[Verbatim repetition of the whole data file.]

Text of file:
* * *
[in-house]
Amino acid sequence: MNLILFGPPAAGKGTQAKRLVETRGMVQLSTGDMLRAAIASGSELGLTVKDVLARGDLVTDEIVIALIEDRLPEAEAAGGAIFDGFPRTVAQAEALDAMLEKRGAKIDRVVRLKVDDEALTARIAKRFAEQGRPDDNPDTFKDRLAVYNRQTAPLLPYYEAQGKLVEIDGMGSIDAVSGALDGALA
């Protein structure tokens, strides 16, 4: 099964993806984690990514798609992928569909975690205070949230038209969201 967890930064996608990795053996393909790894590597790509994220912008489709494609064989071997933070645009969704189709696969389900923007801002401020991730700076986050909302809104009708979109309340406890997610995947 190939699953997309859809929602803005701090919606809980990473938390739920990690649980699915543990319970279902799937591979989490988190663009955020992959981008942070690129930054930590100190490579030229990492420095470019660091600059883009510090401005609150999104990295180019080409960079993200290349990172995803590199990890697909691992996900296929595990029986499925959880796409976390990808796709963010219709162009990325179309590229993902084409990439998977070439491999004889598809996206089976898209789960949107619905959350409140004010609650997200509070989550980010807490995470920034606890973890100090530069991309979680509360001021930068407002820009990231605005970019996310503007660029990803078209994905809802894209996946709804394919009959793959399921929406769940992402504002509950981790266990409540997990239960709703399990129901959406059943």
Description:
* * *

[in-house]
Amino acid sequence: MNLILFGPPAAGKGTQAKRLVETRGMVQLSTGDMLRAAIASGSELGLTVKDVLARGDLVTDEIVIALIEDRLPEAEAAGGAIFDGFPRTVAQAEALDAMLEKRGAKIDRVVRLKVDDEALTARIAKRFAEQGRPDDNPDTFKDRLAVYNRQTAPLLPYYEAQGKLVEIDGMGSIDAVSGALDGALA
């Protein structure tokens, strides 16, 4: 099964993806984690990514798609992928569909975690205070949230038209969201 967890930064996608990795053996393909790894590597790509994220912008489709494609064989071997933070645009969704189709696969389900923007801002401020991730700076986050909302809104009708979109309340406890997610995947 190939699953997309859809929602803005701090919606809980990473938390739920990690649980699915543990319970279902799937591979989490988190663009955020992959981008942070690129930054930590100190490579030229990492420095470019660091600059883009510090401005609150999104990295180019080409960079993200290349990172995803590199990890697909691992996900296929595990029986499925959880796409976390990808796709963010219709162009990325179309590229993902084409990439998977070439491999004889598809996206089976898209789960949107619905959350409140004010609650997200509070989550980010807490995470920034606890973890100090530069991309979680509360001021930068407002820009990231605005970019996310503007660029990803078209994905809802894209996946709804394919009959793959399921929406769940992402504002509950981790266990409540997990239960709703399990129901959406059943």
Description: